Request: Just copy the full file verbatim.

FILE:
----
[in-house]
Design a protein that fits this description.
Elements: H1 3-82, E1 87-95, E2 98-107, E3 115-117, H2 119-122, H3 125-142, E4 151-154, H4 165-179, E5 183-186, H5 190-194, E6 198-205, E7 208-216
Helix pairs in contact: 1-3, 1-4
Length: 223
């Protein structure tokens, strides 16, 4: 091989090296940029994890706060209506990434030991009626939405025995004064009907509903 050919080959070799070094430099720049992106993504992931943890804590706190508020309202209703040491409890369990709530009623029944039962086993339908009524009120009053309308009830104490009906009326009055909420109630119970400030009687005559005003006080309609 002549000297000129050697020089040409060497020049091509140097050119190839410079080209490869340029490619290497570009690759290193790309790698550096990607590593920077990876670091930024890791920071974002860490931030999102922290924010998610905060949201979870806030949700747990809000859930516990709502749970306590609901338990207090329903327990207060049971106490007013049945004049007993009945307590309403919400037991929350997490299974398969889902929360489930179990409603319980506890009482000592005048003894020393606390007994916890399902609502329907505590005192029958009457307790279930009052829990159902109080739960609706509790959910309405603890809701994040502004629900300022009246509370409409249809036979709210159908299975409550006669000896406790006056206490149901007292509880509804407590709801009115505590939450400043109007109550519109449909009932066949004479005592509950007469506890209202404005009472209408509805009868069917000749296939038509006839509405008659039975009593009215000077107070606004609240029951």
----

[in-house]
Design a protein that fits this description.
Elements: H1 3-82, E1 87-95, E2 98-107, E3 115-117, H2 119-122, H3 125-142, E4 151-154, H4 165-179, E5 183-186, H5 190-194, E6 198-205, E7 208-216
Helix pairs in contact: 1-3, 1-4
Length: 223
């Protein structure tokens, strides 16, 4: 091989090296940029994890706060209506990434030991009626939405025995004064009907509903 050919080959070799070094430099720049992106993504992931943890804590706190508020309202209703040491409890369990709530009623029944039962086993339908009524009120009053309308009830104490009906009326009055909420109630119970400030009687005559005003006080309609 002549000297000129050697020089040409060497020049091509140097050119190839410079080209490869340029490619290497570009690759290193790309790698550096990607590593920077990876670091930024890791920071974002860490931030999102922290924010998610905060949201979870806030949700747990809000859930516990709502749970306590609901338990207090329903327990207060049971106490007013049945004049007993009945307590309403919400037991929350997490299974398969889902929360489930179990409603319980506890009482000592005048003894020393606390007994916890399902609502329907505590005192029958009457307790279930009052829990159902109080739960609706509790959910309405603890809701994040502004629900300022009246509370409409249809036979709210159908299975409550006669000896406790006056206490149901007292509880509804407590709801009115505590939450400043109007109550519109449909009932066949004479005592509950007469506890209202404005009472209408509805009868069917000749296939038509006839509405008659039975009593009215000077107070606004609240029951």